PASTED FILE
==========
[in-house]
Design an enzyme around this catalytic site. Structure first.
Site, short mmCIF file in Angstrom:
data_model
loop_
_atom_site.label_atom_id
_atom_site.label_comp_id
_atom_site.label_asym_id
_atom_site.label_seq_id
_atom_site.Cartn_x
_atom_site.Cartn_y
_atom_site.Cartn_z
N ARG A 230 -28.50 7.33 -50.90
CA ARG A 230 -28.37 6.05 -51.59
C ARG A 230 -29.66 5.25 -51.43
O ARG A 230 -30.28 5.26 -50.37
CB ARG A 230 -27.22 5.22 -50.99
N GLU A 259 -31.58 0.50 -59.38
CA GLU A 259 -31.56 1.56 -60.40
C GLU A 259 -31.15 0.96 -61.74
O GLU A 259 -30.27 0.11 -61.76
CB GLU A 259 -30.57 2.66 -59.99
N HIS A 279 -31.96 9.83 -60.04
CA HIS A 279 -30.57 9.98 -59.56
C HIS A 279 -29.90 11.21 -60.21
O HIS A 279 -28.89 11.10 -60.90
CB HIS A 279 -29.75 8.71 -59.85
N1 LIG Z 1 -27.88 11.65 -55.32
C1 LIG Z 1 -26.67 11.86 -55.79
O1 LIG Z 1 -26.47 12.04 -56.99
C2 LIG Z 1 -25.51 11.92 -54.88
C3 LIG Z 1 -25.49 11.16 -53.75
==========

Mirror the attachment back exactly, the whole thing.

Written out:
[in-house]
Design an enzyme around this catalytic site. Structure first.
Site, short mmCIF file in Angstrom:
data_model
loop_
_atom_site.label_atom_id
_atom_site.label_comp_id
_atom_site.label_asym_id
_atom_site.label_seq_id
_atom_site.Cartn_x
_atom_site.Cartn_y
_atom_site.Cartn_z
N ARG A 230 -28.50 7.33 -50.90
CA ARG A 230 -28.37 6.05 -51.59
C ARG A 230 -29.66 5.25 -51.43
O ARG A 230 -30.28 5.26 -50.37
CB ARG A 230 -27.22 5.22 -50.99
N GLU A 259 -31.58 0.50 -59.38
CA GLU A 259 -31.56 1.56 -60.40
C GLU A 259 -31.15 0.96 -61.74
O GLU A 259 -30.27 0.11 -61.76
CB GLU A 259 -30.57 2.66 -59.99
N HIS A 279 -31.96 9.83 -60.04
CA HIS A 279 -30.57 9.98 -59.56
C HIS A 279 -29.90 11.21 -60.21
O HIS A 279 -28.89 11.10 -60.90
CB HIS A 279 -29.75 8.71 -59.85
N1 LIG Z 1 -27.88 11.65 -55.32
C1 LIG Z 1 -26.67 11.86 -55.79
O1 LIG Z 1 -26.47 12.04 -56.99
C2 LIG Z 1 -25.51 11.92 -54.88
C3 LIG Z 1 -25.49 11.16 -53.75